Fabric softener sheets contain many chemicals that do not need to be washed down the drain.

    Reply
  • luveaotr

    This has worked for me: put item in a plastic bag (like a trash bag), pour water into item and add some, not a lot, household ammonia. Seal the bag and leave it overnight. Open the next day, away from yourself, and rinse out dish. Goo be gone!

    Reply
  • Debbie

    How about using a non stick spray in the dish BEFORE you actually put your food in it to bake or cook, this is easy so sticking and easy clean up. They have several kinds no calories and flavored it you prefer.

    Reply
  • Becca

    I wouldn't feel safe with a clothing softener; too many chemicals.
    Baking Soda works excellent, and pretty fast too; or just plain dish soap in warm soapy water for a half hour.

    Reply
  • Kathy

    Dryer sheets have a lot if uses. My best friend has light grey leather seats in his SUV. Several thick streaks of tar got on one seat during a repair. I buffed it all off with a dryer sheet and it was toatlly gone - not even a stain.

    Reply
  • Nicole

    King David you always leave sarky remarks about anything and everything on these boards...you must spend your time reading each and every one of them instead of on those "IMPORTANT things" you claim. You obviously have nothing better to do, so how dare you judge people giving each other helpful tips? I feel sorry for you, LOL!

    Reply
  • Elise Farthing

    FYI: I was not aware of the harmful chemicals in Bounce but they keep mice away. I live in the country and they are a problem. Put the Bounce at the entry site unless it is by areas used by children.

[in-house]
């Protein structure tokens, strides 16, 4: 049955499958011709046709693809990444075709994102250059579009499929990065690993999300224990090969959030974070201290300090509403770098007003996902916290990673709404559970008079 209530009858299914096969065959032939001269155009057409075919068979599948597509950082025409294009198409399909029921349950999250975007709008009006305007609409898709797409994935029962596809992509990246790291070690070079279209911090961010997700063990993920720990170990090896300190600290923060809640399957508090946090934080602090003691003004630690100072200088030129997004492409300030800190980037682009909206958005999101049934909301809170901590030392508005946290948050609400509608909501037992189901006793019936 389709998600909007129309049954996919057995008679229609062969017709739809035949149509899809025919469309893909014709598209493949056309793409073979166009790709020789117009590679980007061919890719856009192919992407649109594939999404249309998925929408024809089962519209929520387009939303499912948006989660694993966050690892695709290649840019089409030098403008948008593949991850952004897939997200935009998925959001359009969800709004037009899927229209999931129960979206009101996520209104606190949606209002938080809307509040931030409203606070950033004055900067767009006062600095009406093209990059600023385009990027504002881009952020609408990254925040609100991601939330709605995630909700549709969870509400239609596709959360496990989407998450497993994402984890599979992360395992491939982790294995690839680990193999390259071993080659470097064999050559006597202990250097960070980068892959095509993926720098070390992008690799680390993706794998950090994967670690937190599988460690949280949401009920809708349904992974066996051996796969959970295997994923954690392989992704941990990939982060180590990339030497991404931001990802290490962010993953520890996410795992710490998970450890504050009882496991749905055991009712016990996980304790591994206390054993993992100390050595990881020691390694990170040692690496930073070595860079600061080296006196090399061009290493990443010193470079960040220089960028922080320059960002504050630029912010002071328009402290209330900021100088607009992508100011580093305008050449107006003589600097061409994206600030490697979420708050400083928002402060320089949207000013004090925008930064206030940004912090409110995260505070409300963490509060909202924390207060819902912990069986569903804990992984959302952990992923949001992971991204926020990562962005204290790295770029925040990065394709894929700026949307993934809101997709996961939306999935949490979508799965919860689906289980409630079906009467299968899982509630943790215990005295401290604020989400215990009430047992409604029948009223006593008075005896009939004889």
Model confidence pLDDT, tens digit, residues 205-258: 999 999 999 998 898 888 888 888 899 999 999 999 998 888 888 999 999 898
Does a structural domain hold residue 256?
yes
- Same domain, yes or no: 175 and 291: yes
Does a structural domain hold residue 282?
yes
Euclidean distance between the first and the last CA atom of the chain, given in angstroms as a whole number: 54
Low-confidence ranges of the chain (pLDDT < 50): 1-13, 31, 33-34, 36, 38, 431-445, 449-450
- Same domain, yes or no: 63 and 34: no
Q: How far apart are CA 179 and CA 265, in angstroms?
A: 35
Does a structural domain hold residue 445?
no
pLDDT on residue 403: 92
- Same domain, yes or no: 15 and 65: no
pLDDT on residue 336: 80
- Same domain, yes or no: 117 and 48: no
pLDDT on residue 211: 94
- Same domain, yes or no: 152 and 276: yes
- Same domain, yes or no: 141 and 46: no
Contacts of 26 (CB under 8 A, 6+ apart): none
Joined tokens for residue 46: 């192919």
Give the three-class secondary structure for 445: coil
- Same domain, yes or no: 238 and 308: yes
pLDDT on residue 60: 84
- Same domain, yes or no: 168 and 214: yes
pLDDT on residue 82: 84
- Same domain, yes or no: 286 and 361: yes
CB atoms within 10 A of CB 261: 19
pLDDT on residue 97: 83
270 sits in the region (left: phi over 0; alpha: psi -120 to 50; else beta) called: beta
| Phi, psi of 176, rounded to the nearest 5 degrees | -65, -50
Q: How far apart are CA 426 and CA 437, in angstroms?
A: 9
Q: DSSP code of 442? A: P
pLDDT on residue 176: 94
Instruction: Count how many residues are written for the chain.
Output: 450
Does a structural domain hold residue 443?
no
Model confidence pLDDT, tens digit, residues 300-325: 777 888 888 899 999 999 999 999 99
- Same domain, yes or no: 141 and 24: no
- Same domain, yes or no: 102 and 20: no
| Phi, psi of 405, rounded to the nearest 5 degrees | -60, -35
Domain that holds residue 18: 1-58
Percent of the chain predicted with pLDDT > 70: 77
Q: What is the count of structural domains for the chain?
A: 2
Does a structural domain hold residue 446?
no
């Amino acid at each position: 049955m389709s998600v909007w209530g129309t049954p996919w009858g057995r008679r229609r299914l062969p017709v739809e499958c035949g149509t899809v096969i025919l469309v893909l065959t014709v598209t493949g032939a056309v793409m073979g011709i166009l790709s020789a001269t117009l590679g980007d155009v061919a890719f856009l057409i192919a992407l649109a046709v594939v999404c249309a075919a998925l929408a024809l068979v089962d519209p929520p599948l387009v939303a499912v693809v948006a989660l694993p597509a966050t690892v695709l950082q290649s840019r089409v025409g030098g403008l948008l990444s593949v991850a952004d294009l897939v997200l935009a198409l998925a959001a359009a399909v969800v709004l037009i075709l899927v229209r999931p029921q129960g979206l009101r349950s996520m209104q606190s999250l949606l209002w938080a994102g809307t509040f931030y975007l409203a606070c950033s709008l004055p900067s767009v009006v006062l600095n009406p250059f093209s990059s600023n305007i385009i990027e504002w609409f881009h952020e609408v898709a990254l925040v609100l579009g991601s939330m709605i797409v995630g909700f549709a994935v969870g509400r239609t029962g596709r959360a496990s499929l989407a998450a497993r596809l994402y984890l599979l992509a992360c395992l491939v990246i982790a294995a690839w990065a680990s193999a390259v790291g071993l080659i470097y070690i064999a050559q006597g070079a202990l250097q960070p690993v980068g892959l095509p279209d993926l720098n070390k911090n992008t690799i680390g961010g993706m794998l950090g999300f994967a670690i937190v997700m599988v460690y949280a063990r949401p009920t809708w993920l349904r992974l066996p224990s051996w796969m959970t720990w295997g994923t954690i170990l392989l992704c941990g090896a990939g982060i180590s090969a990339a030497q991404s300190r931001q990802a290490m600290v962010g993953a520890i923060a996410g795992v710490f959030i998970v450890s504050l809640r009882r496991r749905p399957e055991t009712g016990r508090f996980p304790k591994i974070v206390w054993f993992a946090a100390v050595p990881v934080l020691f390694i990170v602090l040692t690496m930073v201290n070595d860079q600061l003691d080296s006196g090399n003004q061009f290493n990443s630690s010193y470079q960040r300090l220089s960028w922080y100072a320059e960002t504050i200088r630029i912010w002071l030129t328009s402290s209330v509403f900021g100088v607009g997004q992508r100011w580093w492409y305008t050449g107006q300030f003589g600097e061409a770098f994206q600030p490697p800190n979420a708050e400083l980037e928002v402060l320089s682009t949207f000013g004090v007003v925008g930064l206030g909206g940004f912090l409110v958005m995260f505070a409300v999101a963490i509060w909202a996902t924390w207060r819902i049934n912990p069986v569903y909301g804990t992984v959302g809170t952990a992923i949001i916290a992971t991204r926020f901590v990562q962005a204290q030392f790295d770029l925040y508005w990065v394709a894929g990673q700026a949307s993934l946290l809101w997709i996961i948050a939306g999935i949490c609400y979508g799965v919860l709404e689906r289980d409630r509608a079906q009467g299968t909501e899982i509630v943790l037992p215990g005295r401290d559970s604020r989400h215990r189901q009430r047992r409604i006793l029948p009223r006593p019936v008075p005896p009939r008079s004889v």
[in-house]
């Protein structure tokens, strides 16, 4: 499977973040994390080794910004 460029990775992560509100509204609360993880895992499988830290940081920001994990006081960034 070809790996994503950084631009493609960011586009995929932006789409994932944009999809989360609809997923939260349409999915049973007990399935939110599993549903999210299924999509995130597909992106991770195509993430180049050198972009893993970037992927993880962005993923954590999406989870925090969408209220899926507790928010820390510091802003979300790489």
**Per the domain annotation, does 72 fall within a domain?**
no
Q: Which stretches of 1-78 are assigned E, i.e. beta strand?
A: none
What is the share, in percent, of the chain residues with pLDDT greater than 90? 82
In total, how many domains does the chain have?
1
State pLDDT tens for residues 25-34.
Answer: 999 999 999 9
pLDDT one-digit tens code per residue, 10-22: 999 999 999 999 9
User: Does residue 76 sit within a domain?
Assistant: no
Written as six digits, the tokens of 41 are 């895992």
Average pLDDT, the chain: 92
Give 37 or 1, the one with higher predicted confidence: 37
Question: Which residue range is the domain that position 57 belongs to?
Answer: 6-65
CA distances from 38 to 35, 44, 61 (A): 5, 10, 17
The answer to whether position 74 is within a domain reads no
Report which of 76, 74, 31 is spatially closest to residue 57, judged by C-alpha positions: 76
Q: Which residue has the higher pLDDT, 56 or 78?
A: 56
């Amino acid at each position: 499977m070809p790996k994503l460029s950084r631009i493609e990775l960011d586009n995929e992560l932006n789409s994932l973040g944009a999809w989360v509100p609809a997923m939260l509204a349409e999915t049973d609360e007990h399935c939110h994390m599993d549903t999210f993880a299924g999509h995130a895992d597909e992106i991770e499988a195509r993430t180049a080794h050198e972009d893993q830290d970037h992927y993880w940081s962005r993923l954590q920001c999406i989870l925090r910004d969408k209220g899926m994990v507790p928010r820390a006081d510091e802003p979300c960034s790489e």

Reply
  • kelly

    SOOOOOOO simple..add about a fourth cup dishwasher powdered soap and hot water, fill to top of pan.soak for 30 minutes or less, and then wash as you normally would, works every time on the worst messes. I have been doing this for many many years.

    Reply
  • kelly

    ALSO......while on the subject of kitchen tricks...pour powdered dish washer soap in stainless steel kitchen sinks, clean with those green scrubbers......rinse and dry your sink, then spray with funiture polish and rub it in, your sink will shine and stay clean and shiny for days.

    Reply
  • bob

    I found out a neat trick a long time ago when a started living by myself.
    Since I was lazy as heck I never did the dishes, so mold and other cool science experiments would grow in the dish pile waiting in my sink. To further exemplify my laziness I would pour Bleach into the dirty dish pile to rid my apartment of the nasty mold smell. Turns out that the cheese baked on the dishes would slide right off after soaking in bleach water for a few minutes.
    The reason is that cheese is a base and bleach is a stronger base, so the bleach dissolves the cheese.

    Recently I found a way to save myself from throwing out those pots with milk burnt on the bottom that are impossible to clean. Soaking the pot with a little water and a good sprinkle of Ajax sink cleaner lifts the milk from the bottom. It takes a while but I usually leave it in the sink overnight.

    Anyway.. that's my 2 cents.

    Reply